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Suffolk County's troubling school-test gap

A fifth grader at Longwood Middle School in

A fifth grader at Longwood Middle School in Middle Island takes the NY State math test on May 2, 2017. Credit: Newsday/John Paraskevas

The economic vitality and desirability of modern-day Long Island were built largely on its vaunted public schools, and they continue to be a primary attraction.

The superiority of the Island’s schools over those in New York City that so many Long Islanders fled, and others across the state against which we measure our districts, remains the key building block of the region. It’s also the main reason residents accept housing prices more than double the national average and property taxes about four times the national average.

And if you compare the entirety of Long Island’s schools with statewide or New York City test averages, this region still leads — though not by as much as many would guess. But if you evaluate the test scores by county, the results are very different.

Taken as a group, based on the math and English tests given this past spring in grades three through eight, Suffolk County schools trail the statewide and New York City averages across nearly all lines of race, ethnicity and district wealth.

Nassau’s results, on the other hand, easily eclipse the statewide averages, New York City figures, and results for comparable counties like Westchester.

In Suffolk, 42 percent of students tested proficient in English last spring, meaning they got a 3 or 4 on the tests on a scale of 1 to 4, and 44 percent tested proficient in math. For the state, the averages were 45 percent in English and 47 percent in math. In New York City, the tallies were 47 percent in English and 46 percent in math.

Nassau’s results blew those scores away, with 59 percent proficiency in English and 63 percent in math, exceeding even Westchester’s 53 percent in English and 55 percent in math.

Finding answers to why Suffolk has fallen behind state and New York City averages is going to be complicated and difficult. Reversing the poor results will likely be even harder. But the data make it clear that Suffolk is lagging by nearly every metric, and that the lackluster results mostly cannot be blamed on the county’s sky-high opt-out rates, the one area where Suffolk does lead the state. Whether the focus on education policy among parents and teachers in Suffolk County and the battle over teacher evaluations and testing have detracted from efforts to actually teach children, though, is harder to say.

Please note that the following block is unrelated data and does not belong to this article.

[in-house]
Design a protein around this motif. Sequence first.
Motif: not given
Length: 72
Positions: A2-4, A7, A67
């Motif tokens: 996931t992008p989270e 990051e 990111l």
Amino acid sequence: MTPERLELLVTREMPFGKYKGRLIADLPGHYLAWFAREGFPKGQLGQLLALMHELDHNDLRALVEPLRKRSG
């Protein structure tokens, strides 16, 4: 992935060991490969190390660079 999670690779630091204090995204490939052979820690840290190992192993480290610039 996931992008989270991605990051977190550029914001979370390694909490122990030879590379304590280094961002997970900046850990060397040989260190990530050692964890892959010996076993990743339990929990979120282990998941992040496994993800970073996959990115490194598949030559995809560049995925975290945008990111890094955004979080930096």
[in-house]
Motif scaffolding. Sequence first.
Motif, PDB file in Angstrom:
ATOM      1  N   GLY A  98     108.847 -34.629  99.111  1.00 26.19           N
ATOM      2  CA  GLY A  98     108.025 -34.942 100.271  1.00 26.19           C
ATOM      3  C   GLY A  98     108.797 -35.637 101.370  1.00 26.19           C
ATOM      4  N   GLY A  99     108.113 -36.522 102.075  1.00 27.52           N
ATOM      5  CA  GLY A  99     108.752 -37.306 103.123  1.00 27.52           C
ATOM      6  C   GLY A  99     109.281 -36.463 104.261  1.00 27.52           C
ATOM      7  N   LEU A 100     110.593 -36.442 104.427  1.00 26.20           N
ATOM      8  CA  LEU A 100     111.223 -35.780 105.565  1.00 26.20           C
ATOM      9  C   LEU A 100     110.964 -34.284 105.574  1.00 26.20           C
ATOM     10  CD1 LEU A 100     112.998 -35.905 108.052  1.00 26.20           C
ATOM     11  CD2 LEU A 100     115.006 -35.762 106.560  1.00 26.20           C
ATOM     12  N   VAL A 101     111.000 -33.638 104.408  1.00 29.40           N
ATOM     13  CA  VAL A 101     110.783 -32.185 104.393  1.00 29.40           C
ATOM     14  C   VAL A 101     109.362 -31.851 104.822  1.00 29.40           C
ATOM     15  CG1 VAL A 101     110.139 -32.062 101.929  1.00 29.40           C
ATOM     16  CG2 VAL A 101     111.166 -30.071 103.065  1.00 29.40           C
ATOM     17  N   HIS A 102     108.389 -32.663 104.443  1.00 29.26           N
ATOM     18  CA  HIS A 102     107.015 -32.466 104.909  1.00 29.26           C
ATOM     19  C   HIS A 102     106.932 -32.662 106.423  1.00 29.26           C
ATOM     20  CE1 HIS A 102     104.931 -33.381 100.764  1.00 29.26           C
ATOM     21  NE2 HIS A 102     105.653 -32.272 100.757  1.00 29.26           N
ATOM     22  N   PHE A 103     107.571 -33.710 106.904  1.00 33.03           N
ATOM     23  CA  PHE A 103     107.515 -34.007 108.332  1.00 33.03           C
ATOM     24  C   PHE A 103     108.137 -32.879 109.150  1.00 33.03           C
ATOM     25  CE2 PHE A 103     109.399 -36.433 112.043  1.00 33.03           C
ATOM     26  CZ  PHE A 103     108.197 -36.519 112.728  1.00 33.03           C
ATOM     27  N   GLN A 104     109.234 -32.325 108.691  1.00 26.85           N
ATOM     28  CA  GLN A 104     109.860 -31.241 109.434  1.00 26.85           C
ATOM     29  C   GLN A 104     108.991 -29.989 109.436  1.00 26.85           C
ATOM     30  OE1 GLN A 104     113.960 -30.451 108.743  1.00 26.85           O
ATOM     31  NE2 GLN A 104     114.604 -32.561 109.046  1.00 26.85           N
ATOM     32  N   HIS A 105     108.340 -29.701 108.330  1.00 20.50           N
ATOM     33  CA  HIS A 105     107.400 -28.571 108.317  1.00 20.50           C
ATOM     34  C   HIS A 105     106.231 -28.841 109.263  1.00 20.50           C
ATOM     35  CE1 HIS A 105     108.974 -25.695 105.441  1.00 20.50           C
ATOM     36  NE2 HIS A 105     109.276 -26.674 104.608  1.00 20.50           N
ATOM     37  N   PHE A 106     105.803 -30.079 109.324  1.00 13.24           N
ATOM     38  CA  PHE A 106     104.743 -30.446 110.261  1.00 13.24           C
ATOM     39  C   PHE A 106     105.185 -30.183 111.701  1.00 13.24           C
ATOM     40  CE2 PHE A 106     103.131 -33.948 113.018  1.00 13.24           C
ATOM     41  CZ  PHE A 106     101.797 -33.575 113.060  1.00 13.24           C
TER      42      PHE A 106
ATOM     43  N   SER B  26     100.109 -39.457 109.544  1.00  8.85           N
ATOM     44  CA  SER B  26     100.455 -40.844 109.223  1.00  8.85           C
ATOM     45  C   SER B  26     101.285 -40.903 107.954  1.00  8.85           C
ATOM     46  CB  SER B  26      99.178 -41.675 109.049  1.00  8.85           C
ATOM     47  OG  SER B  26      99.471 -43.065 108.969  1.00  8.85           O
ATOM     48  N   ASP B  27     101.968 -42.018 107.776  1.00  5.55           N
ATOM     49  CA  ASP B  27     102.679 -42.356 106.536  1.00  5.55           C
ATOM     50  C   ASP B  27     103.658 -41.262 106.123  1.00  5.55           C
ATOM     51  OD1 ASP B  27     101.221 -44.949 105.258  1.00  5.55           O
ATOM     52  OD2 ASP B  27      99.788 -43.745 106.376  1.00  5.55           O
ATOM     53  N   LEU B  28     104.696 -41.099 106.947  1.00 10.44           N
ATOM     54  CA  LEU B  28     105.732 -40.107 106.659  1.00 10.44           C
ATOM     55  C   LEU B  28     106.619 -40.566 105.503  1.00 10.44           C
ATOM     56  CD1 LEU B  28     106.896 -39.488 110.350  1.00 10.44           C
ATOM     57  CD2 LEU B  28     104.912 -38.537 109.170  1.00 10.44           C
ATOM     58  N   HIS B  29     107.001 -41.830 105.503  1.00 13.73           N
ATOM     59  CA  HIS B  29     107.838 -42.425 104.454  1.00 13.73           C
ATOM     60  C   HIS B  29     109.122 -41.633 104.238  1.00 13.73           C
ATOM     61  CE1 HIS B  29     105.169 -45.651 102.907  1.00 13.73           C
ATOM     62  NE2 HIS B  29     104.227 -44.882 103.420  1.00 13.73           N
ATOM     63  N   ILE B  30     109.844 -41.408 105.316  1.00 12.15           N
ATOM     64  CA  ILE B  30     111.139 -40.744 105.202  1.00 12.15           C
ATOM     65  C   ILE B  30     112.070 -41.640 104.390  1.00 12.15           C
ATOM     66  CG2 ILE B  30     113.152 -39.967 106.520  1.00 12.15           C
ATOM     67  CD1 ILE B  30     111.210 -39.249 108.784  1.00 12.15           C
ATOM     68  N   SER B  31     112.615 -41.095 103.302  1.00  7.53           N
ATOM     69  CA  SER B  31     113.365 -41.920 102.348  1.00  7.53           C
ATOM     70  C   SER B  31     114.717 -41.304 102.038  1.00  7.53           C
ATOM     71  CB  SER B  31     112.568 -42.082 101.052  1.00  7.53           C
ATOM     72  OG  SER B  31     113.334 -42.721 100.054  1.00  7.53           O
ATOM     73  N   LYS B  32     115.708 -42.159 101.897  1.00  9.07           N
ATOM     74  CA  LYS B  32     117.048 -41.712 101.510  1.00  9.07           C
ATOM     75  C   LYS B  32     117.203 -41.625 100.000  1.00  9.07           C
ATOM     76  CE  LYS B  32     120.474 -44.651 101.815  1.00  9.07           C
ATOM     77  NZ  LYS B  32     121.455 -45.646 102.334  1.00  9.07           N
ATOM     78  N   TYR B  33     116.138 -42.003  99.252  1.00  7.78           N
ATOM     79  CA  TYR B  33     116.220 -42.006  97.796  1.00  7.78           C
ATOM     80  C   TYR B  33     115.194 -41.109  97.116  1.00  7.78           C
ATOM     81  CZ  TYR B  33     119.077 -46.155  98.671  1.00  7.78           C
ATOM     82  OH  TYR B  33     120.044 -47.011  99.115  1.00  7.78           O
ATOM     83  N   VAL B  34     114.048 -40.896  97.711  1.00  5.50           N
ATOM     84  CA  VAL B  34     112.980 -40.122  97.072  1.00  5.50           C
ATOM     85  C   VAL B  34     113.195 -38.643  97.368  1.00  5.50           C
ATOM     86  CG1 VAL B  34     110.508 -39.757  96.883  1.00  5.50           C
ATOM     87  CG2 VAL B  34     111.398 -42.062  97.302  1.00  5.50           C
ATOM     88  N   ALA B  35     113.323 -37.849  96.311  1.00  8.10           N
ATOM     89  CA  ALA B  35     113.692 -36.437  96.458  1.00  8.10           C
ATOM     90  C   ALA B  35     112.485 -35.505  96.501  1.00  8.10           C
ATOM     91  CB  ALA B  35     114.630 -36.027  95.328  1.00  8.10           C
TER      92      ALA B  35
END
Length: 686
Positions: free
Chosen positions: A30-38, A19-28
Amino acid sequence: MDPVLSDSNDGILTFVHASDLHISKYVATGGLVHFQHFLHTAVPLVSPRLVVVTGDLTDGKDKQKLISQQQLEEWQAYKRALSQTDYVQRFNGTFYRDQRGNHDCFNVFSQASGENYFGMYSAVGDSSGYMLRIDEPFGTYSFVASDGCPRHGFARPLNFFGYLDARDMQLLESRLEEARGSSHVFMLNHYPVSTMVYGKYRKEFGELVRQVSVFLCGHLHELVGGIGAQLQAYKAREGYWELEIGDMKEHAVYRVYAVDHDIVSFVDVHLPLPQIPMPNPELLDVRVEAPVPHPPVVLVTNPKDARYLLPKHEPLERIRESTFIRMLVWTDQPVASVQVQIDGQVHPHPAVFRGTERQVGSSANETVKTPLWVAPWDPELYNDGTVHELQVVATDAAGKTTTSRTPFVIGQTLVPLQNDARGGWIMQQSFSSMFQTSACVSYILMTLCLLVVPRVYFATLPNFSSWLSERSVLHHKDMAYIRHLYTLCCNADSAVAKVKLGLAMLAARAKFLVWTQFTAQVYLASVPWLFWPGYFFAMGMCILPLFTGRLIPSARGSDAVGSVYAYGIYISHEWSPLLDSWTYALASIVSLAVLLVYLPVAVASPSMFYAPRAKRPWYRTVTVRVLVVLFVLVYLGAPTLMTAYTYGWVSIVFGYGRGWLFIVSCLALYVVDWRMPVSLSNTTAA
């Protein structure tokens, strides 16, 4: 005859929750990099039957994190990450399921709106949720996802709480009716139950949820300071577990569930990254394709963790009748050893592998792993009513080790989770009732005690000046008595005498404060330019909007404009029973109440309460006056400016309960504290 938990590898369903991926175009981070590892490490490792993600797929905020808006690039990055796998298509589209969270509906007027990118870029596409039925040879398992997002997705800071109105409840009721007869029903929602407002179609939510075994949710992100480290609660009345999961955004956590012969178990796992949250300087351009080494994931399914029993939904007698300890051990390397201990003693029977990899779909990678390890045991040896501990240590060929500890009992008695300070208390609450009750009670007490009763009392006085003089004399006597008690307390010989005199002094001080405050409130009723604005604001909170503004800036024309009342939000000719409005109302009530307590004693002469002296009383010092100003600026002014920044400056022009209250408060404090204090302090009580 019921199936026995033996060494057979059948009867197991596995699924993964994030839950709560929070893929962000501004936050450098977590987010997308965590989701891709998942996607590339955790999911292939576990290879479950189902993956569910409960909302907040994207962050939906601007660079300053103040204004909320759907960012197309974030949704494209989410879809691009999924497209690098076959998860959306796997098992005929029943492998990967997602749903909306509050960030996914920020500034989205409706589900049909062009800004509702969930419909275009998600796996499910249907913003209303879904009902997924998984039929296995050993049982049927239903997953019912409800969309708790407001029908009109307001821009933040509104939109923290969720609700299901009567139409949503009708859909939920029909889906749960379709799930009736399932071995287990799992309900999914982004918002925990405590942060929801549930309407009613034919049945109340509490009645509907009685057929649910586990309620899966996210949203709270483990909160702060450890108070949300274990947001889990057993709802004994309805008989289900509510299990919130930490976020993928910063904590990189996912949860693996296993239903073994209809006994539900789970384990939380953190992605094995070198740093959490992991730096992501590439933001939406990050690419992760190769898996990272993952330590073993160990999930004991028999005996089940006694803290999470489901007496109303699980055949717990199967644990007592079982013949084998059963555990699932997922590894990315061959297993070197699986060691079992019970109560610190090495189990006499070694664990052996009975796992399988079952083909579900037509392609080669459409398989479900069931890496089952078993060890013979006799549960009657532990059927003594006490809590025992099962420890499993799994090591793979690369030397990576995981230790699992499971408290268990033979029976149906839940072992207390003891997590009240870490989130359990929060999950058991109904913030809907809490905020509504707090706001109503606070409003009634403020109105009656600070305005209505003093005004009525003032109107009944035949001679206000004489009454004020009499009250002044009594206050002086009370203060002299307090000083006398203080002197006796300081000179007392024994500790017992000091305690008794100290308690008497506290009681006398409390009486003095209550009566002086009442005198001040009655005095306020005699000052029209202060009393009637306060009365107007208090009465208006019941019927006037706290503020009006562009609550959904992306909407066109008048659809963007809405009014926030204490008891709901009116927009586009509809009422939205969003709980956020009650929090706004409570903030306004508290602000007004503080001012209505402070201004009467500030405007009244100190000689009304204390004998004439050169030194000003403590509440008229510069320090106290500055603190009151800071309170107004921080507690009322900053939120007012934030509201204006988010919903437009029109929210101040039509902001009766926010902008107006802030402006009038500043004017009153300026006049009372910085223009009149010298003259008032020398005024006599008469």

The statewide opt-out rate this year was 16 percent, compared with 55 percent in Suffolk and just under 40 percent in Nassau, and so many students skipping the tests can and does skew data. Opting out is largely a white phenomenon, and is generally most widespread in districts with average or above-average wealth. That, along with a recent influx of Hispanics,  many newly arrived in this country, has an effect on the county’s results. Nassau’’s own influx of Hispanics has not hurt its stellar results, however, nor has Westchester’s, and Suffolk’s shortcomings are largely consistent regardless of race, ethnicity, gender or wealth.

The test scores reveal these findings:

— Just 30 percent of Suffolk County’s black students tested proficient in English, but 35 percent did in New York City. The 69 percent of Asian students testing proficient in math in Suffolk County sounds strong, but 73 percent of Asians hit the mark statewide. White students in Suffolk managed 55 percent proficiency in English, compared to 67 percent in New York City, and 60 percent in math, compared to 67 percent in the five boroughs. Hispanic students in Suffolk were deemed proficient in English 28 percent of the time, compared to 36 percent statewide and 37 percent in the city,

— Suffolk County’s high-needs districts, ones where poverty is prevalent, averaged 28 percent proficiency in math, compared to 31 percent in high-needs districts statewide and 33 percent in Nassau. Suffolk County’s average-needs districts averaged 41 percent proficiency in math, compared to 49 percent statewide and 56 percent in Nassau. And Suffolk County’s low-needs, wealthier districts averaged 62 percent proficiency in math, compared to 69 percent statewide and 74 percent in Nassau.

Identifying subject areas in which students are struggling is one of the key uses of these mandated state tests. They help track, for instance, the achievement gaps between black, Hispanic and lower-income students, and higher achieving white, Asian and wealthy populations over time. The 2019 data shows these gaps are slowly shrinking.

Suffolk’s disappointing results aren’t the only warning from this year’s data. The testing data also show female students’ English proficiency at 51 percent statewide, 11 points higher than for boys. This, too, demands attention.

The shortcoming in Suffolk’s scores, though, flies in the face of the county’s reputation as a center of educational excellence. Its education results are below the state and New York City averages, and that’s a crisis that needs to be recognized and addressed lest current and potential residents decide they’re not willing to buy high-priced real estate and pay towering property taxes in return for substandard schools.

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